I’ve been thinking the exact same thing. And if they do cosplay, they obviously don’t see the irony when they complain about the Spider-Woman cover.

    3. Yes, Douglas, the ones who do that sort of desktop posing do have issues. You were right to not associate with her. It gets to be a game with some women, where some have parlayed a “dalliance” into something much more sinister, but I won’t delve into that here. That’s a whole ‘nother can of worms.

      The double-standard women are using is sadly understandable, because for many, sexual power is the only kind they will ever have. If they squeeze their breasts into that Catwoman outfit, it guarantees attention. Women just have to realize if they push the big red button, there is a male reaction, and sometimes one that’s excessive when she simply put on a skintight costume in a crowded arena that is created for that roleplaying. Attention seems to also go over into unwanted touching, which is not acceptable, no matter where you are, and no matter what you wear. It’s a problem when a guy can wear a cosplay item but a woman is mostly forced into a suit revealingly designed for the super physique, aka: eye candy. (also designed by male artists). It’s a conundrum, I tell ya!

      BUT, the Spiderwoman cover is art. To shoehorn art in order to apply it to everyday moral choices and decide it is sending “the wrong message” is beyond ridiculous. There’s lots of art I don’t like. I don’t hang it on my wall. Can I ever claim that art is sending the wrong message? The whole concept is ludicrous beyond belief. Spend some time in SoHo, then maybe people will begin to scratch the surface of understanding and artist’s vision when they create art. Regardless of the medium. If anyone made a mis-step, it was Marvel by hiring a known erotic artist to depict a woman who like I mentioned, has no history of erotic or titillating behavior. That depiction of her can be argued that it made her a weaker character. And that is what art does, my friend. It makes you think. It makes you talk. It makes you feel. It’s not up to the artist to decide what you do, but to call it a “message” is pure crap.

      OK, I’m done ranting here. I need to go look at some art that doesn’t make me feel like hitting someone with a frying pan.

  7. Someone really ought to start a comics version of Gamer Gate that calls out the corrupt comics journalists as well.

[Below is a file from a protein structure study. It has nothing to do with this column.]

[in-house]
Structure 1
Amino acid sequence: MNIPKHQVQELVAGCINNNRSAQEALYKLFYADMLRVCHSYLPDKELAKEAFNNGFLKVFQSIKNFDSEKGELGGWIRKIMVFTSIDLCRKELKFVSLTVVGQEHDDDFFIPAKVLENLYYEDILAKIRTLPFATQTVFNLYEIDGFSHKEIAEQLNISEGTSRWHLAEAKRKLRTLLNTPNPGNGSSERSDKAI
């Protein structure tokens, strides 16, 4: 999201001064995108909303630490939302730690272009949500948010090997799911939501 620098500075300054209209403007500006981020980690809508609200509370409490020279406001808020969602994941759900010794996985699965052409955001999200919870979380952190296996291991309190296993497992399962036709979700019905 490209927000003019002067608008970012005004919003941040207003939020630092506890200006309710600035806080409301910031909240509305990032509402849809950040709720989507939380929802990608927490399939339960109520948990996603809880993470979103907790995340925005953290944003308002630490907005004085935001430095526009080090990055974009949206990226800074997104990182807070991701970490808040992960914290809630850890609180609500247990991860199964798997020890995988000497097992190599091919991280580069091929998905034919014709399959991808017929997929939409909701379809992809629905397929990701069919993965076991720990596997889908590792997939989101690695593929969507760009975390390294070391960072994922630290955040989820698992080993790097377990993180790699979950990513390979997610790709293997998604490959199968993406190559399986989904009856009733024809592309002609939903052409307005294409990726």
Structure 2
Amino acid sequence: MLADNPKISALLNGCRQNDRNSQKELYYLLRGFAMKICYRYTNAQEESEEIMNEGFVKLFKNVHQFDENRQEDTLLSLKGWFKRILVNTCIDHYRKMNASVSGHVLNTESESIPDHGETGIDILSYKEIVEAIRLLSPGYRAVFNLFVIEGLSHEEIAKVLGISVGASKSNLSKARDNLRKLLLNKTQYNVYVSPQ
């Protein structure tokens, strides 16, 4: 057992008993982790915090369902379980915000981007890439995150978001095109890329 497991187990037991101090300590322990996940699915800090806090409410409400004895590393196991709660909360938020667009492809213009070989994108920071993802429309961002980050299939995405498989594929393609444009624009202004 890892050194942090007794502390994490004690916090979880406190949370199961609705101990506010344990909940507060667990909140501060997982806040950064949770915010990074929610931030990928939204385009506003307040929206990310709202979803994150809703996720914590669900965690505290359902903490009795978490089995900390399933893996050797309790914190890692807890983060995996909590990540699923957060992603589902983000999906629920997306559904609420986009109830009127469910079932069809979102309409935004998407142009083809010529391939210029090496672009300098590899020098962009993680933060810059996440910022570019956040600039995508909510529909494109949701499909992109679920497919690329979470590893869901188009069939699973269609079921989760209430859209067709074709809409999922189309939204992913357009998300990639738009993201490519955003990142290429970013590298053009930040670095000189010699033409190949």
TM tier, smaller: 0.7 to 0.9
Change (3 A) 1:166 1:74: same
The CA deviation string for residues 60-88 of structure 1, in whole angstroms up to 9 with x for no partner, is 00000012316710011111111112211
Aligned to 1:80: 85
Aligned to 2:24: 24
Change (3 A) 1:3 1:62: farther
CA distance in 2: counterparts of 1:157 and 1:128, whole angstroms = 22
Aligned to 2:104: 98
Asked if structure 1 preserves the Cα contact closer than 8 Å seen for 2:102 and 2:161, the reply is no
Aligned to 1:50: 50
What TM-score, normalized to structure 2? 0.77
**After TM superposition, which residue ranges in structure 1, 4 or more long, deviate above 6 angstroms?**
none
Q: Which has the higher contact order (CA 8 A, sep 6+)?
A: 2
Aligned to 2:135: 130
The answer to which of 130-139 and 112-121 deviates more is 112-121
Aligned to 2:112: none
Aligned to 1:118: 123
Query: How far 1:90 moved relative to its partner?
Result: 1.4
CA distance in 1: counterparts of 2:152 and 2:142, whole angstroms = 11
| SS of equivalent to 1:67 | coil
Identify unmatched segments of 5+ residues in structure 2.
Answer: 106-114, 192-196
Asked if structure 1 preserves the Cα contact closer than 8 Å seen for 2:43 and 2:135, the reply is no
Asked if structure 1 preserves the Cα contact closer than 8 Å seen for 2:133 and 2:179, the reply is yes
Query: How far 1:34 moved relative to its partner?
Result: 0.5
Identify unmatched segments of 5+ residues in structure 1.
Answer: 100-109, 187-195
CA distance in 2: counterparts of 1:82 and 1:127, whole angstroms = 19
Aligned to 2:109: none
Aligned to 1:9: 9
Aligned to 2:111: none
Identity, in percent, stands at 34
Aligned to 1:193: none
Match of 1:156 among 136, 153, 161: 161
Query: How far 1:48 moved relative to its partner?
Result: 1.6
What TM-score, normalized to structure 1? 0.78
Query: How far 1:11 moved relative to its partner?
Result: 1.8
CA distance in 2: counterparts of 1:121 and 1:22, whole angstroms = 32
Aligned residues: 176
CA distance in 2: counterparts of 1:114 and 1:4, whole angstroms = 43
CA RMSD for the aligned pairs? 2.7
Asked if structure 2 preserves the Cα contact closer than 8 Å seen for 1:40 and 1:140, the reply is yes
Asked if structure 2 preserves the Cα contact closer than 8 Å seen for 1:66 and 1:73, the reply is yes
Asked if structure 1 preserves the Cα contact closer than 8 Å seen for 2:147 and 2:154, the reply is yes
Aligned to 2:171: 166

8. Joss Whedon recently compared Gamer Gate to the KKK. I kid you not. I don’t have the time to find a screen cap of the tweet, but it’s here in the Main event’ video at the 31:34 mark:

    1. If I were more up to speed on Gamer Gate, then I’d definitely do a post on Joss Whedon for that one… I’m really glad Main Event took him to task. The problem is that it’s lodged in the middle of a YouTube video. If he had a blog and wrote specifically on Wheon’s comment, then he’d have a lot more eyes on it. People who need to see it, would.

      Guys like us are in a tough spot, though. If I decided not to see a movie or read a comic book every single time one of these artists said something disgusting, then it wouldn’t be long before my list of names ran out the door. There are some people who I’ll avoid as much as possible (e.g., Sean Penn), but for the most part I’m just interested in exposing guys like Wheadon. I’ll admit that creatively he’s talented, and I can celebrate that talent — but I will let everyone know what he can also say really mean things, that politically his mind is warped, that he’s a hypocrite, etc.

    2. I’ll still see the Age of Ultron, because if I boycotted every actor/actress/director I disagreed with I’d have nothing left to enjoy. However, after Penn’s “go get rectal cancer” comments, I will never see one of his movies. That really crossed a line.

Leave a Reply

Fill in your details below or click an icon to log in: Logo

You are commenting using your account. Log Out /  Change )

Twitter picture

You are commenting using your Twitter account. Log Out /  Change )

Facebook photo

You are commenting using your Facebook account. Log Out /  Change )

Connecting to %s

%d bloggers like this: